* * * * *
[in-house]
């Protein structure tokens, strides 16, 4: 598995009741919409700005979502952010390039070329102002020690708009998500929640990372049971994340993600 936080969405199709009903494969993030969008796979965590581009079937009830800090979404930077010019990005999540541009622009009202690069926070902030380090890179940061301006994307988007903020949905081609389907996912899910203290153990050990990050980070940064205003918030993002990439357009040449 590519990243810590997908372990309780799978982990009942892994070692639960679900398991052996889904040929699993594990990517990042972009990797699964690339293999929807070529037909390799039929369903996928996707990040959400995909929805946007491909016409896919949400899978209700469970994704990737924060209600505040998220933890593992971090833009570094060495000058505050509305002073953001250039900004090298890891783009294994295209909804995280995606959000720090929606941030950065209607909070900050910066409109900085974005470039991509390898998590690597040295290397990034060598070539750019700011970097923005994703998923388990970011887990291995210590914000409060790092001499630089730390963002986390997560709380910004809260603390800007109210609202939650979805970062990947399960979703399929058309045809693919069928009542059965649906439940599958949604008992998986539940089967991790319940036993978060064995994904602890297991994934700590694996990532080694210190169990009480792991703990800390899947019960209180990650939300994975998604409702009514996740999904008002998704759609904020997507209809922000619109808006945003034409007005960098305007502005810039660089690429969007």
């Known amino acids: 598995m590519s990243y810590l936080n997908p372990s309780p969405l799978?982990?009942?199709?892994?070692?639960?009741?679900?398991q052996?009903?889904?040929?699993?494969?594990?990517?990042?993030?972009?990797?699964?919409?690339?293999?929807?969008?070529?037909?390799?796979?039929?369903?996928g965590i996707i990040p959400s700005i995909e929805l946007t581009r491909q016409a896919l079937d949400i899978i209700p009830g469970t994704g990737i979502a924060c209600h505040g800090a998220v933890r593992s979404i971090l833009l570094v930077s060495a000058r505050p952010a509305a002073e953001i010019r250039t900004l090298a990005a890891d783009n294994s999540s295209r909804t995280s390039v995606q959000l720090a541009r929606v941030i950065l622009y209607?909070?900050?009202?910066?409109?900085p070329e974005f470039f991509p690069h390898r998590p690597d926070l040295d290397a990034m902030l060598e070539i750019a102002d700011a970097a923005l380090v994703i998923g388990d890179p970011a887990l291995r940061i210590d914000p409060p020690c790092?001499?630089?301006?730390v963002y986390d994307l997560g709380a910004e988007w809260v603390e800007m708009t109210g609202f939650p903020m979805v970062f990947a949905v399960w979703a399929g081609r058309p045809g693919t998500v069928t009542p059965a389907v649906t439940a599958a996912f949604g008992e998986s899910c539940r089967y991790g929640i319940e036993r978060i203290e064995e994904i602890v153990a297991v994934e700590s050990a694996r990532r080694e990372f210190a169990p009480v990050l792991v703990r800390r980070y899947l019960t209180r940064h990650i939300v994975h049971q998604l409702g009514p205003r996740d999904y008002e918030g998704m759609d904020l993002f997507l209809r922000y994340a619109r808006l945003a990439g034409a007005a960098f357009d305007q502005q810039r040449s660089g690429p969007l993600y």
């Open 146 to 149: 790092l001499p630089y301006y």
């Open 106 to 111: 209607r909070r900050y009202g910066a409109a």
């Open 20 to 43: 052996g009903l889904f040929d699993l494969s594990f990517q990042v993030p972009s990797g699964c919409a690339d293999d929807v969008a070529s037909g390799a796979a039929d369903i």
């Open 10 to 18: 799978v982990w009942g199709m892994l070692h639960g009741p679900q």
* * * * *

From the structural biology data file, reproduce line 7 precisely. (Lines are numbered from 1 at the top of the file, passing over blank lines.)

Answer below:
């Open 10 to 18: 799978v982990w009942g199709m892994l070692h639960g009741p679900q």